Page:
I couldn’t wait for my kids to come home from college and envisioned our time being spent playing games, baking, going out for coffee …you know, the stuff you see in the movies! Much to my surprise, things didn’t go the way I had anticipated! Since we moved them off to college, they had become young adults, making their own decisions and living on a chaotic schedule. So from one “seasoned” college parent to you first timers, here is my advice to help make the most of your time together with as little tension or disappointment as possible.

  1. Let them catch up on sleep. Most students have just completed finals and have been up cramming for exams or writing papers. If your son or daughter comes home with bags under their eyes or sleeps until noon, don’t be alarmed. College life can cause a dramatic change in their schedule because of studying, their social life, and other activities. Give them a few days in the luxury of their own bed to catch up on much needed rest. It’ll put them in better spirits – making them much easier to deal with!

  3. Set some ground rules. For several months, they have been the keeper of their own schedule, which means their new found independence may cause a bit of friction where rules are concerned. Obviously you can’t expect your student(s) to revert back to their high school days, but they also need to recognize that living at home means a more structured environment. Discuss your concerns and expectations with them while recognizing their independence as a young adult. You might ask them to text if they’ll be out later than originally planned, and to not disrupt the rest of the household when they come home in the wee hours of the morning. If there are younger siblings at home, you certainly don’t want your college student to set a bad example! Politely let them know what is and isn’t allowed, while showing mutual respect for one another.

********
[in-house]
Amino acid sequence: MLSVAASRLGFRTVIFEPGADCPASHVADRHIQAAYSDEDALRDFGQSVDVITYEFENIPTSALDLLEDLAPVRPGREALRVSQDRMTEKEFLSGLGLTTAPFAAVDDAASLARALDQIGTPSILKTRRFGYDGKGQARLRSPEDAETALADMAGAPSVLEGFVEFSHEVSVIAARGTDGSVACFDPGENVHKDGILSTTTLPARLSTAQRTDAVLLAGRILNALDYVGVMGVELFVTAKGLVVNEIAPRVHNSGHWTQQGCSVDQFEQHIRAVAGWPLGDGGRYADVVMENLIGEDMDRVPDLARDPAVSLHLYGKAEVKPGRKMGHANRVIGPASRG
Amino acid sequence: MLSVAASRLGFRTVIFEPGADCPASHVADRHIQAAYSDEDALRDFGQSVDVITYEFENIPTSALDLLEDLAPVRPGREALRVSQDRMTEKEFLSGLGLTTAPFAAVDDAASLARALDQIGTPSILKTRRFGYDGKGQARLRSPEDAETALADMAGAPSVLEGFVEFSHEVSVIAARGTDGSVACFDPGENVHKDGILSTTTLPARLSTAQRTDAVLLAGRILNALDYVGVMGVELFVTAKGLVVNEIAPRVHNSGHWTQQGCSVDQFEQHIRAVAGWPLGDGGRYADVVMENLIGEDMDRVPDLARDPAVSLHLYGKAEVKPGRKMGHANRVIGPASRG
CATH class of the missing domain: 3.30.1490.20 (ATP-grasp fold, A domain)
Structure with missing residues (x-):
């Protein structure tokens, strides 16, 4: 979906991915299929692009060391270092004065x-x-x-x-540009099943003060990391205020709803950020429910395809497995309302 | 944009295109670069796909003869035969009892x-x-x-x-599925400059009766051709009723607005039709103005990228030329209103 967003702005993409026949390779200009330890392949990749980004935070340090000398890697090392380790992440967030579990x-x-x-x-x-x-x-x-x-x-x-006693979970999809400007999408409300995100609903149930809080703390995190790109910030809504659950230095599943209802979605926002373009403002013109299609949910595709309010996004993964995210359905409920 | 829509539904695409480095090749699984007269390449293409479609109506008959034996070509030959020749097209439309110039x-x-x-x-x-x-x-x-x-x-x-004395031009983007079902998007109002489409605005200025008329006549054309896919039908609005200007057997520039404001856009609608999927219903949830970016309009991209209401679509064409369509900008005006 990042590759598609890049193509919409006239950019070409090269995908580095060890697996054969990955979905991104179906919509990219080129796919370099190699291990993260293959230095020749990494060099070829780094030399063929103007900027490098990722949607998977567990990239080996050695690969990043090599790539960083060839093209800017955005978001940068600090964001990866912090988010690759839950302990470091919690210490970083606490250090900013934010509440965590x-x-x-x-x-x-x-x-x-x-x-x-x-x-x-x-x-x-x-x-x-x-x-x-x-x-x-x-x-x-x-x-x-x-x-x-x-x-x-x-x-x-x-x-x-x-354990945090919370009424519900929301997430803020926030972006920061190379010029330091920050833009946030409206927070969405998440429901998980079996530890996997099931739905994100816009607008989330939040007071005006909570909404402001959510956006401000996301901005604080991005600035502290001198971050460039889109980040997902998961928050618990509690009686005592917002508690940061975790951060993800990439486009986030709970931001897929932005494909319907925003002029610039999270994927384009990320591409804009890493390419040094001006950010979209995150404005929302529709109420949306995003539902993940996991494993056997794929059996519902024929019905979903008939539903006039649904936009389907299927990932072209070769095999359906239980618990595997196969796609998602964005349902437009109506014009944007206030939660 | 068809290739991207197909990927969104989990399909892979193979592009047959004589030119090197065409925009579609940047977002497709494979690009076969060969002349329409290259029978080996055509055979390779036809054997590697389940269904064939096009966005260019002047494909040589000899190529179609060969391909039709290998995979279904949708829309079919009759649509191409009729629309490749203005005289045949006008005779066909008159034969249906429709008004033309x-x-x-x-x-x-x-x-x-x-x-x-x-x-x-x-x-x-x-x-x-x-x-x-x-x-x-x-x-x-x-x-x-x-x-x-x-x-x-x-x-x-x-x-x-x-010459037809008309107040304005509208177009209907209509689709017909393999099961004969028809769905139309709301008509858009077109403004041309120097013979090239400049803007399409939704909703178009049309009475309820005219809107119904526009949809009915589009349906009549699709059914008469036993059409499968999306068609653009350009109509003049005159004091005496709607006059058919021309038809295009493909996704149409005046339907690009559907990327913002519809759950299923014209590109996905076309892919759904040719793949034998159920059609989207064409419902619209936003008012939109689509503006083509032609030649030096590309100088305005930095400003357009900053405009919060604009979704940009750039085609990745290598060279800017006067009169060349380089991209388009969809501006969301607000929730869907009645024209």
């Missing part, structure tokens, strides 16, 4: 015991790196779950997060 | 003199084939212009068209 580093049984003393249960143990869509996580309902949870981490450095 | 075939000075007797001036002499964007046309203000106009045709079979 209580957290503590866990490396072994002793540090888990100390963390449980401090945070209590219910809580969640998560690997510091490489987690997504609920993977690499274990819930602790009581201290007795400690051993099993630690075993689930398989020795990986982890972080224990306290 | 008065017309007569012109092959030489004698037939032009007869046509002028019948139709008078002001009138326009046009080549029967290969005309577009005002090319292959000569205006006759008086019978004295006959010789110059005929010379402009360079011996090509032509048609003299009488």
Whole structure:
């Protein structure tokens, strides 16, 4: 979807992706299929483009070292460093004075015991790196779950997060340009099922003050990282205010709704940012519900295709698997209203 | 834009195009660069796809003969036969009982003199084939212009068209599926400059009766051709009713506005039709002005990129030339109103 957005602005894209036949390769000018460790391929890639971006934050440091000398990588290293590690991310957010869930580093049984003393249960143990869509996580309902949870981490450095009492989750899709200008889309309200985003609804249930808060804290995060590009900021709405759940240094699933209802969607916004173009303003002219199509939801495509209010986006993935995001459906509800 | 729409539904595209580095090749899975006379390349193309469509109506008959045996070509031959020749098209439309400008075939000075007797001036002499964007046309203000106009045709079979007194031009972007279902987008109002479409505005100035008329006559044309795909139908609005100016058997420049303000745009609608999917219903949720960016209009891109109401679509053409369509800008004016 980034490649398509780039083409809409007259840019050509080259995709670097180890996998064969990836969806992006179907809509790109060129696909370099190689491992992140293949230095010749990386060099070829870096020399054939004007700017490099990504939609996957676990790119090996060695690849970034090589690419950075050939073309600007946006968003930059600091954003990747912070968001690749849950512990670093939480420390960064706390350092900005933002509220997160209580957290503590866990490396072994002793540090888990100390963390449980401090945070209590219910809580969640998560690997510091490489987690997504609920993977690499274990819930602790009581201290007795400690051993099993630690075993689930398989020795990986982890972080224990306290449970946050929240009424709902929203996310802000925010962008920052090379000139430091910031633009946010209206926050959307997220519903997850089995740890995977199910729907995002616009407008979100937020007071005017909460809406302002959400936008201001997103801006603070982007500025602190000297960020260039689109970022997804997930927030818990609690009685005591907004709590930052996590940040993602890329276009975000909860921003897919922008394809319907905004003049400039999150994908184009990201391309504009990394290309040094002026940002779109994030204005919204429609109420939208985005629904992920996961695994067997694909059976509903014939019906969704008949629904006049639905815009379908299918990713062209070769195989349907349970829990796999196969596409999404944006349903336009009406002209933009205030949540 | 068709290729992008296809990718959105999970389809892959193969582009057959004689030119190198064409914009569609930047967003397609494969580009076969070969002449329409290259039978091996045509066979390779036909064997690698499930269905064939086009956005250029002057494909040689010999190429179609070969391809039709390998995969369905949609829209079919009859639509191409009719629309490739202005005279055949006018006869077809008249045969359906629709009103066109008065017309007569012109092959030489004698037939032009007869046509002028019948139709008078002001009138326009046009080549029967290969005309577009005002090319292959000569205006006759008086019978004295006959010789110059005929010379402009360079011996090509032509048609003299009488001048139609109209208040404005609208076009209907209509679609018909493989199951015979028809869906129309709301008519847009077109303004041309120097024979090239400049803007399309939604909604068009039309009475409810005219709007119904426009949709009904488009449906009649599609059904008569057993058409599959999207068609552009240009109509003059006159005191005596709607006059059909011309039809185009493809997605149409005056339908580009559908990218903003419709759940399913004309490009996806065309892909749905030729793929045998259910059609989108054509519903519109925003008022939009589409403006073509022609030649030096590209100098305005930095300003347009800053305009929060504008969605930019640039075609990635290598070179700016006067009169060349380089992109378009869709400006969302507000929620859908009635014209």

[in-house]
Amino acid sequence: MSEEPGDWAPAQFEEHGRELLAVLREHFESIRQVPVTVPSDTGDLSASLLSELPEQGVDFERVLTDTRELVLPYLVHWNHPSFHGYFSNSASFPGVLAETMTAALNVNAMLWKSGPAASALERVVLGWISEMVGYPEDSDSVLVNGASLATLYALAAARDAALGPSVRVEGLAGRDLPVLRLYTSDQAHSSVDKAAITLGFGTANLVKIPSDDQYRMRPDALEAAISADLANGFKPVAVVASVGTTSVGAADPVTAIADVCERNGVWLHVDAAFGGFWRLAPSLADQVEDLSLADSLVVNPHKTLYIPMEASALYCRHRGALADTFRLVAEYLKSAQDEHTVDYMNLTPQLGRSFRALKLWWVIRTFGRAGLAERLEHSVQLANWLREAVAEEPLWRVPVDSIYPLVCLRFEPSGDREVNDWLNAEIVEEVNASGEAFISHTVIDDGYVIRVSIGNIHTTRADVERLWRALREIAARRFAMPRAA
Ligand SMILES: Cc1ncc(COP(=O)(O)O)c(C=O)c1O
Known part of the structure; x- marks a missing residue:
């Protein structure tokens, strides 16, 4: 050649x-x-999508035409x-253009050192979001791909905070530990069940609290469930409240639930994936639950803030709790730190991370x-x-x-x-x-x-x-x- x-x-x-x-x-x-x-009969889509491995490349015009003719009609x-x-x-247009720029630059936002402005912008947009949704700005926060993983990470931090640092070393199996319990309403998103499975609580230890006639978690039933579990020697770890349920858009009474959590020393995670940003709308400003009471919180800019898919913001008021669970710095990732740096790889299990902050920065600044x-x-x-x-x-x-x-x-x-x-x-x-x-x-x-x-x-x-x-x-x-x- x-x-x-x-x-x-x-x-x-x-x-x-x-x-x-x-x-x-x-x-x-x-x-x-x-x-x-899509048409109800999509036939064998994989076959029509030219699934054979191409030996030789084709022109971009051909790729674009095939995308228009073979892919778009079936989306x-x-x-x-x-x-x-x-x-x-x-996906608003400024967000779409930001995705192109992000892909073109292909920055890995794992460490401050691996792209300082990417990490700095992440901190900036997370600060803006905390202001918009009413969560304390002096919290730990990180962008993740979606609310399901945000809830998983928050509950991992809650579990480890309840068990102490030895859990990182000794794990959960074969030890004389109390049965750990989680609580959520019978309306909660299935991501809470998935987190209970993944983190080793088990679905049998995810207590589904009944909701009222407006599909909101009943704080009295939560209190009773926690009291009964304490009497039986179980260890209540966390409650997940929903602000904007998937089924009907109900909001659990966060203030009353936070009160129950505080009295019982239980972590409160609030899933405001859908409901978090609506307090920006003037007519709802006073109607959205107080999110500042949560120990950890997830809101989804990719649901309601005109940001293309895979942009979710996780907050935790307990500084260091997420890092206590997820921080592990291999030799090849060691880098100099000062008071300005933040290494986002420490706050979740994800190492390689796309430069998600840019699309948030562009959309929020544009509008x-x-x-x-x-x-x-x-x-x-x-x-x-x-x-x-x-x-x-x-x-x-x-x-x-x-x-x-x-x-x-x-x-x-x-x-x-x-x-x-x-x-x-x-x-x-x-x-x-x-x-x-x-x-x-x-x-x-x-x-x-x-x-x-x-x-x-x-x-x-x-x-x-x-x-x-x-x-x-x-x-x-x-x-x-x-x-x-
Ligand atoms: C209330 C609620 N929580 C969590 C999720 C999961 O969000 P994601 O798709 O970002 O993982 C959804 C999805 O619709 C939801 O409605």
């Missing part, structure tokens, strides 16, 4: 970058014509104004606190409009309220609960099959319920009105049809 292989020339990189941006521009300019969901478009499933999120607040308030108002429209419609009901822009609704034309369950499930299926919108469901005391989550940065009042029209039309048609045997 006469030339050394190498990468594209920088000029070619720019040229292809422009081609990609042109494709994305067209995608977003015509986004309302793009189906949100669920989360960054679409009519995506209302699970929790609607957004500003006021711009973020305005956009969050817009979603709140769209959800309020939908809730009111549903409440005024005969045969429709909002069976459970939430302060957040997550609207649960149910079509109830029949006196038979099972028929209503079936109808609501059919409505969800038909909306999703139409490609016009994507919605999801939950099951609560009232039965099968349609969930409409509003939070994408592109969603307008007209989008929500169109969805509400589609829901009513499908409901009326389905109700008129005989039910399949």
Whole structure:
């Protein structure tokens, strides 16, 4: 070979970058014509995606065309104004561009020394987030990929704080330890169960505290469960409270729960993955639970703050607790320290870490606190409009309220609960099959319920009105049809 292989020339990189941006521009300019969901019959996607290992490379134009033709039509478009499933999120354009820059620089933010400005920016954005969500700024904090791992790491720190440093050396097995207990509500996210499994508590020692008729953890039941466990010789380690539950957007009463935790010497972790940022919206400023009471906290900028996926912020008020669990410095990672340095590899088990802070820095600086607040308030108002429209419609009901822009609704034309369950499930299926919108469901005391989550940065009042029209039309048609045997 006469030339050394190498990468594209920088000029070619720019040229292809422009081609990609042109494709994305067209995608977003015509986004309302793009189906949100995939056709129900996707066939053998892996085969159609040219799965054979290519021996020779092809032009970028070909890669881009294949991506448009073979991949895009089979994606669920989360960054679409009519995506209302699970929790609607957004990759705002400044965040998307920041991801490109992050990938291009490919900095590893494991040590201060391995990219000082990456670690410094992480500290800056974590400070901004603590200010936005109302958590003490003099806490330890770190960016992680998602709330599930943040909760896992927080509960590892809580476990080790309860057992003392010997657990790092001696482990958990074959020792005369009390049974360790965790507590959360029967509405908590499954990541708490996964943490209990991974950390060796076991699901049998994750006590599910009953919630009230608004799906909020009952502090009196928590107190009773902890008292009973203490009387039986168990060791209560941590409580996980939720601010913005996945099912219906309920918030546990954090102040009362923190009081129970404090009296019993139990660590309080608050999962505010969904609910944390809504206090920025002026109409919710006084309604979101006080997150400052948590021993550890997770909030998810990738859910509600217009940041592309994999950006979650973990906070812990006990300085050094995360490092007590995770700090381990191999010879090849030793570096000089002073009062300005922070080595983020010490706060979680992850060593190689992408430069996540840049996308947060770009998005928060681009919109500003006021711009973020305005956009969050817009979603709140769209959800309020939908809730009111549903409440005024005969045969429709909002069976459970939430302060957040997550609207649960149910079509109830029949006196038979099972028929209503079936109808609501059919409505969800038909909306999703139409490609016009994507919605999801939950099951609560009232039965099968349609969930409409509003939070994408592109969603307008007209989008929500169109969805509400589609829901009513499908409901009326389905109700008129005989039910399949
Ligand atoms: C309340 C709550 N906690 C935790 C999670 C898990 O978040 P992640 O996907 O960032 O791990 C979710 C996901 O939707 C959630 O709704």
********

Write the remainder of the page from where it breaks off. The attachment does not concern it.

5. Plan ahead, communicate, and be flexible. If you’ve scheduled important events, communicate them with your student.  Let them know exact dates and times for those get-togethers.  Using a family calendar will eliminate double scheduling or hurt feelings.Although you may have many plans swirling around in your head, you have to be flexible with your student(s). They will need some “down time” and will want to catch up with old friends and do some exploring to see what’s changed since they have been gone.  Allow them some time to be carefree again! Although it’s a parent’s instinct, too much questioning will cause tension and withdrawal. You’ll be amazed at some of the great conversations you can have, if you just give them time and space to open up to you!

  7. Make them accountable. It’s one thing to give your student time to unwind and recharge, but it’s not right to let them walk all over you. You may want to pamper them while they’re at home by doing their laundry, cooking for them and letting them sleep in, but there comes a point where they need to be accountable as well! Ask them to help with household chores or errands to lighten the load while they’re back for winter break.

  9. Stock your kitchen! Your kids have been eating cafeteria food, Ramen noodles, pizza rolls, and anything convenient to keep their tummies full while away from home. They are ready for your home cooked meals and their favorite snacks that you’ve always kept in the house. So make sure to plan meals, have ingredients readily available, and leave time for a lot of baking. This is their retreat for a few weeks and there is nothing better than mom and dad’s cooking!

While this is a time to recharge for them, it’s also a great time to discuss how things are going with school and their personal lives. Offer love, support and encouragement to help them face the next semester with confidence. Most importantly, this is the time of year to celebrate, relax, and enjoy being around your friends and family. Don’t get too stressed out about trying to fit everything in during these next few weeks. Just treasure your time together as a family! Happy holidays everyone!